Gymnastics: Japan's 'King Kohei' ready to extend his reign

Japan's gymnast Kohei Uchimura performs on the ring during the men's all-around final at the Gymnastics World Championships in Nanning on Oct 9, 2014. Japan's Kohei Uchimura promised not to halt his relentless quest for perfection, despite seali
Japan's gymnast Kohei Uchimura performs on the ring during the men's all-around final at the Gymnastics World Championships in Nanning on Oct 9, 2014. Japan's Kohei Uchimura promised not to halt his relentless quest for perfection, despite sealing an unprecedented fifth straight men's all-around gymnastics world title. -- PHOTO: AFP

NANNING (AFP) - Japan's Kohei Uchimura promised not to halt his relentless quest for perfection, despite sealing an unprecedented fifth straight men's all-around gymnastics world title.

The 25-year-old Olympic champion, labelled "not a human being" by his own coach, extended his record world title run with room to spare in Nanning, China.

He has not been beaten in the all-around since finishing runner-up to China's now-retired Yang Wei in his Olympic debut at Beijing 2008.

But Uchimura, who has vowed to keep going until Tokyo hosts the Summer Games in 2020, when he will be 31, insisted there was still room to improve.

"I have always competed by bearing in mind where I have made no mistakes," the 1.62m-tall gymnast told reporters late on Thursday.

"As a result, it was indeed my fifth straight victory. But I kind of feel I am still not there yet."

British Commonwealth Games all-around champion Max Whitlock finished runner-up, 1.492 points behind with 91.965. Japan's Yusuke Tanaka was third at 90.449.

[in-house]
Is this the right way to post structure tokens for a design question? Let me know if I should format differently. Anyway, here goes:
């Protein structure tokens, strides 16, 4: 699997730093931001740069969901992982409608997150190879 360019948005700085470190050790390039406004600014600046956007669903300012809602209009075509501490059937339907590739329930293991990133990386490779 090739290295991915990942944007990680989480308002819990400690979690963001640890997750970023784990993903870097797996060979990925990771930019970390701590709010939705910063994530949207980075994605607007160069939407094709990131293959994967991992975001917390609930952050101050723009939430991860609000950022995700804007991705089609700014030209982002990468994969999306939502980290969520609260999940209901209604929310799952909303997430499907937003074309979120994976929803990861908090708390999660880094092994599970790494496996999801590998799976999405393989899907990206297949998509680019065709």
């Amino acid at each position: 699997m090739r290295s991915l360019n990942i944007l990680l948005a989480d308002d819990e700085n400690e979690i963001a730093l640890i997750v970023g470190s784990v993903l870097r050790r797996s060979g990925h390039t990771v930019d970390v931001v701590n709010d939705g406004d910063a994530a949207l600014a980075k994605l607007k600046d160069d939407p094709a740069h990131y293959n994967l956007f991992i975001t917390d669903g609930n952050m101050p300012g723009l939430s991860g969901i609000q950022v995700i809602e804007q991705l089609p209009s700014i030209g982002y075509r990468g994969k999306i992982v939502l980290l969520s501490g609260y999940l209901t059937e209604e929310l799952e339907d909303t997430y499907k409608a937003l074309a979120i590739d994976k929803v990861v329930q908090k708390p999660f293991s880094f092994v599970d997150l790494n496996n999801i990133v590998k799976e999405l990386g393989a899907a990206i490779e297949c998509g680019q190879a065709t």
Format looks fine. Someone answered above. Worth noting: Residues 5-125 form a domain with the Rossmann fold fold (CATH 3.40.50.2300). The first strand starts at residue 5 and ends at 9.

"It's all about clean routines," 21-year-old Whitlock said when asked what it takes to beat Uchimura in the run-up to the 2016 Rio de Janeiro Olympics.

"But Kohei is quite over our head at the moment as you saw by the scores today."

Russia's David Belyavskiy, the 2013 European all-around champion who finished fifth, said: "As yet we do not have an answer to that question" when asked how to defeat Uchimura. "If we knew how to do it we would to it."

At Nanning's Guangxi Gymnasium, Uchimura was the only one among the 24 all-around finalists to score 15.000 or more on all six apparatuses.

It was a performance which silenced Chinese spectators, who had roared encouragement as China beat Japan by a mere 0.1 of a point in the men's team final two nights earlier.

On the floor, Uchimura landed clean on all tumbling passes, finishing with a difficult double back salto with two twists to score a table-topping 15.766 points.

"Other athletes fight by pushing themselves to the limit. But Kohei can fight by using a few tenths of his ability," his coach Hiroyuki Kato said before the competition.

"He is not a human being."

But Japanese men's team manager Hisashi Mizutori warned that Uchimura's rivals have been attempting routines with difficult elements which could produce more points.

Uchimura, who started gymnastics aged three at a gym run by his parents in Nagasaki, is the only gymnast, male or female, to win four or more world all-around titles and three or more in a row.

His stated ambition is to outshine Belarusian legend Vitaly Scherbo, who won six out of eight men's events for the commonwealth of former Soviet republics at the 1992 Olympics.

As well as reaping the greatest haul of gold medals won by any gymnast at a single Games, Scherbo also has 12 world titles to his name.

"My goal, indeed, is to perform in a way more beautiful than Scherbo's routines," Uchimura said.